PEMEX’s Credit Rating Backed by Federal Support
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PEMEX’s Credit Rating Backed by Federal Support

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Perla Velasco By Perla Velasco | Journalist and Industry Analyst - Thu, 02/09/2023 - 16:40

In an effort to tackle its US$6 billion due debt payments for 1Q23, PEMEX placed bonds worth US$2 billion to refinance the endeavor. Credit rating firms S&P, Moody’s and Fitch noted that the NOC’s ranking is backed up by government support, though they evaluated the bonds as speculative due to the state company’s complicated financial situation.

The International Finance Review (IFR) reported that PEMEX offered a 10.275% return rate for these bonds, whereas sovereign bonds were listed at 5.64%. Similarly, PEMEX’s bonds released in September 2022 had a 7% return rate. According to experts, financing has become more expensive due to inflation, which puts the company in a challenging position.

The NOC faces debt payments of US$10 billion in 2023. The placement agents were Barclays, BBVA, J.P. Morgan, Mizuho, Santander, Scotiabank and SMBC. 

According to Moody’s, Mexico’s government support for PEMEX will likely increase over the next couple of years. The firm assigned a B1 rating to PEMEX’s long-term notes. “The stable outlook on PEMEX's ratings is based on Moody's expectation that the company's business strategy and financial profile will remain unchanged in the next 12-18 months; it also considers the current stable outlook on Mexico's ratings,” reported the firm. B ratings assigned by Moody’s represent a high credit risk and are deemed speculative.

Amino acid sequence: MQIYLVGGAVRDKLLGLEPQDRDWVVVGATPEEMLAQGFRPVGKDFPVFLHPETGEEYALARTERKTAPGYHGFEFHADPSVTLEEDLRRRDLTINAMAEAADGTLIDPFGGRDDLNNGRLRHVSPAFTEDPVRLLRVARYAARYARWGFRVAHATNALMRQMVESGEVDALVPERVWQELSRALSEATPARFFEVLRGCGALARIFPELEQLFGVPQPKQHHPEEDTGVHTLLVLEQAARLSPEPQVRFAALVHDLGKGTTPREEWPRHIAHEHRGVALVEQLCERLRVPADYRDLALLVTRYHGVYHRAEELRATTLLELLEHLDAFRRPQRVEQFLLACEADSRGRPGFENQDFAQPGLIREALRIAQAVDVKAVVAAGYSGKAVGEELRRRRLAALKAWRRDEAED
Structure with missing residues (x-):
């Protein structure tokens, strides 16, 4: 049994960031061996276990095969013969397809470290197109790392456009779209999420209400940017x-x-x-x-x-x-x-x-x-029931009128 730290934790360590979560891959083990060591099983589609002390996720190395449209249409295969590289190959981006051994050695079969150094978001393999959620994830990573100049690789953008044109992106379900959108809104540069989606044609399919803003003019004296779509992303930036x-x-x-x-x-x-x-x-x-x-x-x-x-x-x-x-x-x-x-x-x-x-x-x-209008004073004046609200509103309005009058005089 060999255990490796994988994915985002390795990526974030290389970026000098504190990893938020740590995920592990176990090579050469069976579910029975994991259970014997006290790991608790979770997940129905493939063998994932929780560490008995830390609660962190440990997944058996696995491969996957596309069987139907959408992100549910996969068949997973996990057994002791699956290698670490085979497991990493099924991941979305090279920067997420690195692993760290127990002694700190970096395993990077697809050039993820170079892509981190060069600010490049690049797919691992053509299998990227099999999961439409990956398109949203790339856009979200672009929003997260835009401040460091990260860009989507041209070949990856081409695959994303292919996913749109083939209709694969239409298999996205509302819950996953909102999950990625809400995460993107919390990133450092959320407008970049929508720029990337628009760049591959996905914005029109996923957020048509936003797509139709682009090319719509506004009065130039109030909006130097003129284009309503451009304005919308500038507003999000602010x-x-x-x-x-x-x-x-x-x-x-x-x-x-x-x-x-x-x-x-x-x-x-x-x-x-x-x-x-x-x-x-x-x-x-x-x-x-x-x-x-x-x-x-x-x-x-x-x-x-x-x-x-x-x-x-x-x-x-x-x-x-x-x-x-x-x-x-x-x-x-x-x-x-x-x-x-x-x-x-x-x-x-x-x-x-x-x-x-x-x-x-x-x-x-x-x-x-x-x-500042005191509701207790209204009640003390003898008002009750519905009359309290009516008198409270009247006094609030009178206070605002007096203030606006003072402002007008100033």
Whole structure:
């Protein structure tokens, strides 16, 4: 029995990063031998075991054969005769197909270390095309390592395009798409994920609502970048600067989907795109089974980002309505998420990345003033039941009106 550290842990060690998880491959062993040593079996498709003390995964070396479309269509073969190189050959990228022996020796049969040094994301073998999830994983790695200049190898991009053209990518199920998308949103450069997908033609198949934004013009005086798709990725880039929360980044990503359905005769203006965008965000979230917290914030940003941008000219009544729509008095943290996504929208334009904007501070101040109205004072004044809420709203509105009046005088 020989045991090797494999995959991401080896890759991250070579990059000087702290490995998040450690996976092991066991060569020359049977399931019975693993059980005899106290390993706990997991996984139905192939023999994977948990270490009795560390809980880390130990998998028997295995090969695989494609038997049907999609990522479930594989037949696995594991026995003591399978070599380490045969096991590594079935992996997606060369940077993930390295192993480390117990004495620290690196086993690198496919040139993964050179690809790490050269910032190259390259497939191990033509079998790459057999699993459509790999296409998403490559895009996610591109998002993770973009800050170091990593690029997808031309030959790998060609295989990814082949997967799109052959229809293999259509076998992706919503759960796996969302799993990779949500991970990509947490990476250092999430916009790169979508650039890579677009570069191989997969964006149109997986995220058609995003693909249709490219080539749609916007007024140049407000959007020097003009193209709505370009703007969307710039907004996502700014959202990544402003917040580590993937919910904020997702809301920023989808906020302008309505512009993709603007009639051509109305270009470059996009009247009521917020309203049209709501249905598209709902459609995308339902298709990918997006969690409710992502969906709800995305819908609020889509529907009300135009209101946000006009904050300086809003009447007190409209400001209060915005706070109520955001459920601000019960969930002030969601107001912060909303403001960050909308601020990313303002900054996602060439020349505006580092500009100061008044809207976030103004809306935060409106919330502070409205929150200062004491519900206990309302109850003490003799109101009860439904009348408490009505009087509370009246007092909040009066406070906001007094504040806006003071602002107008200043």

Similarly, S&P rated the placement BBB, which indicates that the debt is considered to be solid but in case of a change in economic conditions or other factors, the indebted entity may encounter difficulty in meeting its financial obligations. S&P added that it hopes and expects the NOC to be strongly backed up by the government in fulfilling its financial obligations in case of difficulties.

Fitch Ratings said Mexico has strong liquidity despite a challenging environment. The firm rated Mexico’s corporations as BBB-Stable, still an investment grade but one with high risk. Fitch believes that “corporates will be able to handle upcoming debt maturities.” However, this outlook excludes PEMEX, which faces a BB-Stable ranking, which is a non-investment grade level, granted in March 2022. “[The rating] reflects PEMEX's elevated and rising leverage levels, limited financial flexibility, high tax burden and high investment needs to maintain production and replenish reserves,” reported Fitch.

President López Obrador announced that Mexico’s government will support PEMEX in paying off its billions of debt for 1Q23. Additionally, Mexico’s Deputy Minister of Finance, Gabriel Yorio, discussed financial tools to support the NOC. The ministry also reported that PEMEX’s contribution to its shared utility right (DUC) fell from 65% at the beginning of the administration to 40%, which freed up liquidity ranging from MX$3 billion (US$159.52 million) to MX$4 billion (US$212.69 million) for PEMEX. Yorio also mentioned that government assistance did not negatively affect PEMEX’s credit rating.

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